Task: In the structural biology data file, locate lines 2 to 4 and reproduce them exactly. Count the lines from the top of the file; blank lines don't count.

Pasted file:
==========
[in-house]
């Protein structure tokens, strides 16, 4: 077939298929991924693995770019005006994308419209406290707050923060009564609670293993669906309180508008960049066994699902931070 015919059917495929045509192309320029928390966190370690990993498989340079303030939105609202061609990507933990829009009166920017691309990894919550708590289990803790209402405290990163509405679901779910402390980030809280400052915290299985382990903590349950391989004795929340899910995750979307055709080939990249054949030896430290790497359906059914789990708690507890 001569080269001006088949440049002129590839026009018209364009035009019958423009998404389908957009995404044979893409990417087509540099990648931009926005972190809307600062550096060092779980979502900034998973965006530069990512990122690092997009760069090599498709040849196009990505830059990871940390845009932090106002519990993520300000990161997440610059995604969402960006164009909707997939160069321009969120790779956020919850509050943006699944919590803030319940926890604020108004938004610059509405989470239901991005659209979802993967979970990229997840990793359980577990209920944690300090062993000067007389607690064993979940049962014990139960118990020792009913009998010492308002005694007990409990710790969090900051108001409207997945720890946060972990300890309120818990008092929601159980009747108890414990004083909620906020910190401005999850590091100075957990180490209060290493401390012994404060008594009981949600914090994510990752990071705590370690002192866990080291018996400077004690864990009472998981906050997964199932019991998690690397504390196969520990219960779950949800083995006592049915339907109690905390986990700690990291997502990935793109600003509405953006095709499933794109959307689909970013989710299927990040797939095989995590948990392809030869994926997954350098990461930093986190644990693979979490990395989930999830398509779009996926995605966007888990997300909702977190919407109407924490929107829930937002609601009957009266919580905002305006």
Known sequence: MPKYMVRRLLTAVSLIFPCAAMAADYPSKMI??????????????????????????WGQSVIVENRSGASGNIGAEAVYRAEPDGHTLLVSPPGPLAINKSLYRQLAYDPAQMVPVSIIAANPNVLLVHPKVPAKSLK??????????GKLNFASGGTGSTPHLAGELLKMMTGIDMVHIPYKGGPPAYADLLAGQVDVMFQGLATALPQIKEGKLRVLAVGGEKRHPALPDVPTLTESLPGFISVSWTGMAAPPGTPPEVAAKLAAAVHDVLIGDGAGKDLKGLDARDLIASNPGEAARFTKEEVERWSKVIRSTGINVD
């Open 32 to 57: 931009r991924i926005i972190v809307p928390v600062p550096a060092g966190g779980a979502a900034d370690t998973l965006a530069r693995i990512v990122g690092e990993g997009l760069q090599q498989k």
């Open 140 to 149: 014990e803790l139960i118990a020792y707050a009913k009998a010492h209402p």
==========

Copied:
């Protein structure tokens, strides 16, 4: 077939298929991924693995770019005006994308419209406290707050923060009564609670293993669906309180508008960049066994699902931070 015919059917495929045509192309320029928390966190370690990993498989340079303030939105609202061609990507933990829009009166920017691309990894919550708590289990803790209402405290990163509405679901779910402390980030809280400052915290299985382990903590349950391989004795929340899910995750979307055709080939990249054949030896430290790497359906059914789990708690507890 001569080269001006088949440049002129590839026009018209364009035009019958423009998404389908957009995404044979893409990417087509540099990648931009926005972190809307600062550096060092779980979502900034998973965006530069990512990122690092997009760069090599498709040849196009990505830059990871940390845009932090106002519990993520300000990161997440610059995604969402960006164009909707997939160069321009969120790779956020919850509050943006699944919590803030319940926890604020108004938004610059509405989470239901991005659209979802993967979970990229997840990793359980577990209920944690300090062993000067007389607690064993979940049962014990139960118990020792009913009998010492308002005694007990409990710790969090900051108001409207997945720890946060972990300890309120818990008092929601159980009747108890414990004083909620906020910190401005999850590091100075957990180490209060290493401390012994404060008594009981949600914090994510990752990071705590370690002192866990080291018996400077004690864990009472998981906050997964199932019991998690690397504390196969520990219960779950949800083995006592049915339907109690905390986990700690990291997502990935793109600003509405953006095709499933794109959307689909970013989710299927990040797939095989995590948990392809030869994926997954350098990461930093986190644990693979979490990395989930999830398509779009996926995605966007888990997300909702977190919407109407924490929107829930937002609601009957009266919580905002305006």
Known sequence: MPKYMVRRLLTAVSLIFPCAAMAADYPSKMI??????????????????????????WGQSVIVENRSGASGNIGAEAVYRAEPDGHTLLVSPPGPLAINKSLYRQLAYDPAQMVPVSIIAANPNVLLVHPKVPAKSLK??????????GKLNFASGGTGSTPHLAGELLKMMTGIDMVHIPYKGGPPAYADLLAGQVDVMFQGLATALPQIKEGKLRVLAVGGEKRHPALPDVPTLTESLPGFISVSWTGMAAPPGTPPEVAAKLAAAVHDVLIGDGAGKDLKGLDARDLIASNPGEAARFTKEEVERWSKVIRSTGINVD
């Open 32 to 57: 931009r991924i926005i972190v809307p928390v600062p550096a060092g966190g779980a979502a900034d370690t998973l965006a530069r693995i990512v990122g690092e990993g997009l760069q090599q498989k």